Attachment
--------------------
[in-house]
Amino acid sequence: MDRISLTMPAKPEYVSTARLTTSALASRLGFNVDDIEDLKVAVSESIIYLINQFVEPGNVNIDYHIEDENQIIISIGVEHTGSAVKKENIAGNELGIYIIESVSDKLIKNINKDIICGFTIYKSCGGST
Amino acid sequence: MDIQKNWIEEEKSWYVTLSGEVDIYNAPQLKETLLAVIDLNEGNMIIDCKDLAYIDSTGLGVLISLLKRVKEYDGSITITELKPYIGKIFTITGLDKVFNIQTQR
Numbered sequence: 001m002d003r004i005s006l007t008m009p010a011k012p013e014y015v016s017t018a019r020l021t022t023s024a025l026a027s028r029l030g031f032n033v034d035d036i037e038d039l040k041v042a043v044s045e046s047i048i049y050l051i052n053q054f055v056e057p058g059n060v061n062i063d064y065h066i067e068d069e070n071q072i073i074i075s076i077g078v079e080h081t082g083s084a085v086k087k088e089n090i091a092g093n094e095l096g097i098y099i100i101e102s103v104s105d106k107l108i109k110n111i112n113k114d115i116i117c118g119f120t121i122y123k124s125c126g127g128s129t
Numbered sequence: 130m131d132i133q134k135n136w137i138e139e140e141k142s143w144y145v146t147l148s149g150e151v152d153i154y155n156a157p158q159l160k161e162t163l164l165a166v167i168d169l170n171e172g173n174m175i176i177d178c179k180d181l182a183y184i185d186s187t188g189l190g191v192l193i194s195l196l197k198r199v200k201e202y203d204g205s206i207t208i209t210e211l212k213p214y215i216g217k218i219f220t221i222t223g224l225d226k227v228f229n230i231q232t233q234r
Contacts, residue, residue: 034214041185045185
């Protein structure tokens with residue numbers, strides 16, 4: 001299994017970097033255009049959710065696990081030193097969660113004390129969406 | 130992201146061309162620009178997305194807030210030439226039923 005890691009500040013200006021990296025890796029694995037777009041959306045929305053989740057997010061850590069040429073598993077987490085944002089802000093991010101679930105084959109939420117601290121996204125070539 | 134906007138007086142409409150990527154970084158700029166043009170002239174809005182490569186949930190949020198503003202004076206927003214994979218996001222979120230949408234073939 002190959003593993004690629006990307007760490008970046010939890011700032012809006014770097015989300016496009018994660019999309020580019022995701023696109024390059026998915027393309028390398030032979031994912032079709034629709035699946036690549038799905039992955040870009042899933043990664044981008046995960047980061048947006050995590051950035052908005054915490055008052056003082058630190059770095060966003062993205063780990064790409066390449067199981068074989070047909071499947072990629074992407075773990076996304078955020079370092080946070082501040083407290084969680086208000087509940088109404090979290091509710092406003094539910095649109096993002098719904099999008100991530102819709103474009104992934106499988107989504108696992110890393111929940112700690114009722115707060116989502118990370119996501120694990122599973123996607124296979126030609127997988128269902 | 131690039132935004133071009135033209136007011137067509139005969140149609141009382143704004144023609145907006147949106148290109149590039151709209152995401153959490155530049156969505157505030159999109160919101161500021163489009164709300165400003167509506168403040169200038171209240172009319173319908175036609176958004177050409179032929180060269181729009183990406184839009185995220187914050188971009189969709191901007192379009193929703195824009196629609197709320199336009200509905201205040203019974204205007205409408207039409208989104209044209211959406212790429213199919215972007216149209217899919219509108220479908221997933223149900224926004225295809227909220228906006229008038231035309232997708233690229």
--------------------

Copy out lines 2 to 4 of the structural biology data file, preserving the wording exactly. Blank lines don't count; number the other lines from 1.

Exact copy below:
Amino acid sequence: MDRISLTMPAKPEYVSTARLTTSALASRLGFNVDDIEDLKVAVSESIIYLINQFVEPGNVNIDYHIEDENQIIISIGVEHTGSAVKKENIAGNELGIYIIESVSDKLIKNINKDIICGFTIYKSCGGST
Amino acid sequence: MDIQKNWIEEEKSWYVTLSGEVDIYNAPQLKETLLAVIDLNEGNMIIDCKDLAYIDSTGLGVLISLLKRVKEYDGSITITELKPYIGKIFTITGLDKVFNIQTQR
Numbered sequence: 001m002d003r004i005s006l007t008m009p010a011k012p013e014y015v016s017t018a019r020l021t022t023s024a025l026a027s028r029l030g031f032n033v034d035d036i037e038d039l040k041v042a043v044s045e046s047i048i049y050l051i052n053q054f055v056e057p058g059n060v061n062i063d064y065h066i067e068d069e070n071q072i073i074i075s076i077g078v079e080h081t082g083s084a085v086k087k088e089n090i091a092g093n094e095l096g097i098y099i100i101e102s103v104s105d106k107l108i109k110n111i112n113k114d115i116i117c118g119f120t121i122y123k124s125c126g127g128s129t